Mathematics is often thought of as a difficult subject, and as a graduate of Mathematics I can certainly testify to its complexity at a high level and at times mind-boggling abstractness. Investing requires mastery of very few Mathematical concepts, and those are mainly simple ones such as percentages and annualized growth rates. But the danger in Mathematics is not from a persons inability to use more advanced techniques, it is from a failure to comprehend the true implications of deceptively simple concepts. Here are some interesting examples of how simple Math can yield unexpected results.
I’m going to start this article off with one of my favorite Math questions:
On a game show there are three doors. Behind one door is a car, and the other two is nothing. You must choose a door to find the car. After choosing, the game show host instead of revealing your choice, reveals one of the other doors as having nothing behind it and then asks if you would like to switch your choice to the remaining closed door. What should you do?
At this point you may think it obvious that it is now a 50:50 chance so it doesn’t matter what you do, but that is incorrect. This is a simple sounding problem but needs more thought to solve than it would initially seem. If you were offered a choice of the two doors from the outset it would indeed be a 50:50 chance, but you actually picked a door when the odds were 1 in 3. Those odds do not change because one of the doors is revealed. Think of it this way, if instead of revealing one of the doors, the host asks if you would like to keep your single door, or instead choose both the other doors. Then it is clear you should switch. But this question is equivalent to the original one, the only difference being the host confirmed which door had nothing. Hence you should always switch.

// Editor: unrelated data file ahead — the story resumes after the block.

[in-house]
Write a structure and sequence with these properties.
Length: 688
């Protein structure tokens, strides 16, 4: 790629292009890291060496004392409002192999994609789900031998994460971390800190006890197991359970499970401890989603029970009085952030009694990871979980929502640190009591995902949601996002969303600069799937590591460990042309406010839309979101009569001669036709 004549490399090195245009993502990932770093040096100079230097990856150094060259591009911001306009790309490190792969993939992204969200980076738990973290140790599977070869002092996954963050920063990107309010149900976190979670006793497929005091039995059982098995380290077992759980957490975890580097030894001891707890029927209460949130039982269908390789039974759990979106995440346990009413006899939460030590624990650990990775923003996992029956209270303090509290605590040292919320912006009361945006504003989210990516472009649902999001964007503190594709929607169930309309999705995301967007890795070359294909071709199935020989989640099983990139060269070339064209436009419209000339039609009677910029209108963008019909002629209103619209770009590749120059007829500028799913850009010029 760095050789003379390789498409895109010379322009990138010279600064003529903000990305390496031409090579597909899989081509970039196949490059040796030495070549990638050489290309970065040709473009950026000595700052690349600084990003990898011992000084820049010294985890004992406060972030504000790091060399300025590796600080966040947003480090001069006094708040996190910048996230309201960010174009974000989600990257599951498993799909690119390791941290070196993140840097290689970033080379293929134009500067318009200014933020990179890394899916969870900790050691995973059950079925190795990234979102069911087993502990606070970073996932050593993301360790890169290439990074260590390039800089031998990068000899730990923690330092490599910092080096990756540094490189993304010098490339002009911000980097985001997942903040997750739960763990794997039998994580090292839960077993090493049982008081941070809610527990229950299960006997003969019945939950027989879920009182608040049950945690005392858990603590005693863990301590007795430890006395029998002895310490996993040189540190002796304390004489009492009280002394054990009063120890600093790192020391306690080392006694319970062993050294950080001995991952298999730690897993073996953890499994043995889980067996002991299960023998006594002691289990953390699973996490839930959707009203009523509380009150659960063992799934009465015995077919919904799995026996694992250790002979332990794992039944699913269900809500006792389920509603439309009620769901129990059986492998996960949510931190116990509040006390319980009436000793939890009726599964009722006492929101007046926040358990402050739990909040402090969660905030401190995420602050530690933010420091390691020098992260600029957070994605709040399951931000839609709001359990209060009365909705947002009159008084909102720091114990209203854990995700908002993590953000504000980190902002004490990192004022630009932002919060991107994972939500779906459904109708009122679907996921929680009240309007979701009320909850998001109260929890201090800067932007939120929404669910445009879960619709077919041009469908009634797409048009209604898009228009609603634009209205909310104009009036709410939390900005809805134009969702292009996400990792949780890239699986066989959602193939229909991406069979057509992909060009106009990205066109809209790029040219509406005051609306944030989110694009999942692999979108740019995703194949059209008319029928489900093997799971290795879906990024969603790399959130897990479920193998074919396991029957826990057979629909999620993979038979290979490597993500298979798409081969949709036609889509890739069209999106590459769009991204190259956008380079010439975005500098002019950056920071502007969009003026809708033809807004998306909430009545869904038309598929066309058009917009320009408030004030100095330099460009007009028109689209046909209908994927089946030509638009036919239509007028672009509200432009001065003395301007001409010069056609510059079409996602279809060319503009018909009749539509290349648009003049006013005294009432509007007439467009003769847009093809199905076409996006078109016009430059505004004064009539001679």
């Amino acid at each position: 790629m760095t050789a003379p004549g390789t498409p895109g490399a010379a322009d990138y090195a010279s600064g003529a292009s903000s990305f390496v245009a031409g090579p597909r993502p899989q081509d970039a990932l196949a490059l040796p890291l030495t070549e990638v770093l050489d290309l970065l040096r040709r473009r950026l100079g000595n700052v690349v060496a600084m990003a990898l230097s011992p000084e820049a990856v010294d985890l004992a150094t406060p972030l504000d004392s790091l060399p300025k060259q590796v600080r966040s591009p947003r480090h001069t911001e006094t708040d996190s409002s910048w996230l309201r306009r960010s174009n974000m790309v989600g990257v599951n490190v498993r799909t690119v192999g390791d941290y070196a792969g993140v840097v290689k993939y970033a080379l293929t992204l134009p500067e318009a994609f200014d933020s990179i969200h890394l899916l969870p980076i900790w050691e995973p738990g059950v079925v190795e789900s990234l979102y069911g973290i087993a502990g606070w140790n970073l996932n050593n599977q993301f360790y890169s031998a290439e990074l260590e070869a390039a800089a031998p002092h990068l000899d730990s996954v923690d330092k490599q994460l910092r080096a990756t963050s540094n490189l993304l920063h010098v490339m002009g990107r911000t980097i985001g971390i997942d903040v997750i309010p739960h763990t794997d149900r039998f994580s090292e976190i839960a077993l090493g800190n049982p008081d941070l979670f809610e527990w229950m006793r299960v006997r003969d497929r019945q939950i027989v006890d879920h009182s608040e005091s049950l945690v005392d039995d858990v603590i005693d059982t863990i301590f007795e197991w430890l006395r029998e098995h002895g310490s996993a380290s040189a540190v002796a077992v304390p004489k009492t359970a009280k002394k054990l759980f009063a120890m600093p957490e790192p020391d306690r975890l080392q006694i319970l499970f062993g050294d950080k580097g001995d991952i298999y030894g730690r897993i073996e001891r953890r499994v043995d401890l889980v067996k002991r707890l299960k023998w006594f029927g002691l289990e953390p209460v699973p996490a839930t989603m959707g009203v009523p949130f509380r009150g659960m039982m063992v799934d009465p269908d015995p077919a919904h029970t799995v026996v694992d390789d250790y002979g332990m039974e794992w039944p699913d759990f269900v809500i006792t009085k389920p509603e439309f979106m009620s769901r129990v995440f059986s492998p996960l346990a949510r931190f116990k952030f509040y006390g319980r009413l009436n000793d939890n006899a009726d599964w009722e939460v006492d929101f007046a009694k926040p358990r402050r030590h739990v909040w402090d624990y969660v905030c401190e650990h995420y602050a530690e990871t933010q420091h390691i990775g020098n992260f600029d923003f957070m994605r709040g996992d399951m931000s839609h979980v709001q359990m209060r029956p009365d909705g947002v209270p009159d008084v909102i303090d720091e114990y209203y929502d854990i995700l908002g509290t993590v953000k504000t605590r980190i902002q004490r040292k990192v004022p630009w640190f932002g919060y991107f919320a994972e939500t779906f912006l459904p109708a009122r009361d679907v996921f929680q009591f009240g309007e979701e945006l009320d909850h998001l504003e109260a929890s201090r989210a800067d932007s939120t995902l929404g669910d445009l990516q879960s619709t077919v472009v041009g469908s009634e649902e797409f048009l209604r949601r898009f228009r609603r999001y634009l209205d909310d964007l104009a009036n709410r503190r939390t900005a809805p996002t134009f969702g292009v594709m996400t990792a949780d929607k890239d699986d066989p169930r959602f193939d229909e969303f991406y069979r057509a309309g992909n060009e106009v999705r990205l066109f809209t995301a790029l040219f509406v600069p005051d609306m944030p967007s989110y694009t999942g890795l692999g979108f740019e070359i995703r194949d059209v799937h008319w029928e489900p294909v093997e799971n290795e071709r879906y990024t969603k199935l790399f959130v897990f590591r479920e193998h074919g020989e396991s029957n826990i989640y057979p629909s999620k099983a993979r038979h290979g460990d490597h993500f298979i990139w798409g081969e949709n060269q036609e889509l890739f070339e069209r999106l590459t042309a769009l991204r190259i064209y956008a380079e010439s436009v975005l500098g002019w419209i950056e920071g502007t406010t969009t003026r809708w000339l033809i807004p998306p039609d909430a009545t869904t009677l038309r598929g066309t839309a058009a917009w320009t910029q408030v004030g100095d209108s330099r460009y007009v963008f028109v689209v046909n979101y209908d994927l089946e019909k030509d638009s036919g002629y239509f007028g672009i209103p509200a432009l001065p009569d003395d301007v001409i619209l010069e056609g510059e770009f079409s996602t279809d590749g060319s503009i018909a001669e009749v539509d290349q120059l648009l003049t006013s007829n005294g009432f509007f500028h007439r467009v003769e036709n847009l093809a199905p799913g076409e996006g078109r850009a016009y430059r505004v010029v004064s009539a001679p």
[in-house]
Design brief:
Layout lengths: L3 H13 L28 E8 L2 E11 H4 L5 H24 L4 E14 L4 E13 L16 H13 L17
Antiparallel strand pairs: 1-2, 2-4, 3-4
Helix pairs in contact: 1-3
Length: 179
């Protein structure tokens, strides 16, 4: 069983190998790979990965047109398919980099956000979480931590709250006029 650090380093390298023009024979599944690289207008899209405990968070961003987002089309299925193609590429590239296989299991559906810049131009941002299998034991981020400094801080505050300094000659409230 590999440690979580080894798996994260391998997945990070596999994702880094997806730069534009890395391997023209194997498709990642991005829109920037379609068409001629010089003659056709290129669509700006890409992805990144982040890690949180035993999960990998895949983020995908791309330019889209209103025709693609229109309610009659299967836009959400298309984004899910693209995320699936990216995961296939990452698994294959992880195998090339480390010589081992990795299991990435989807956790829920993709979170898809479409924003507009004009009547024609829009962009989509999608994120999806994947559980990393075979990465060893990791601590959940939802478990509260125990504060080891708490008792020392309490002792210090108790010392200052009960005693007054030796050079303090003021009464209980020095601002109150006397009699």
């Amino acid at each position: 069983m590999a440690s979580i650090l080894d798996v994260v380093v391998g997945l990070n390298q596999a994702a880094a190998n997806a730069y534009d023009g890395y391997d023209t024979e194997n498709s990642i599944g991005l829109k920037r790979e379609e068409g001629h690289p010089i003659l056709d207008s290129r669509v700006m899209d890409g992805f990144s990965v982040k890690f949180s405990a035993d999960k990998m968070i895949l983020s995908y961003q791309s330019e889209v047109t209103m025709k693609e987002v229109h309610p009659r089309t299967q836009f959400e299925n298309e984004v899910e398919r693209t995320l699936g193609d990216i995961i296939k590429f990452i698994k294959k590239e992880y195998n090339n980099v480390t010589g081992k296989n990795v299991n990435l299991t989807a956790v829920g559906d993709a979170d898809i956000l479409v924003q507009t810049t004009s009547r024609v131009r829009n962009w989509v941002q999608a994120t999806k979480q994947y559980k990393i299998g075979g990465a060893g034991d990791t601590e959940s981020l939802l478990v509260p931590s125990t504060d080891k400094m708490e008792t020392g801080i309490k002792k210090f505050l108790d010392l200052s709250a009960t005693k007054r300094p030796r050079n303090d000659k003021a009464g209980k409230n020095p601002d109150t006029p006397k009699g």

Future earnings con
So let’s move onto some mathematical deceptions more relevant to the investing world; Investors love growth, especially these days when loss making tech companies command eye-watering valuations. The intrinsic value of a company is the sum of all its future cash flows, discounted to the present day with a suitable discount rate. Investors often use Discounted Cash Flow models to estimate the value of a company.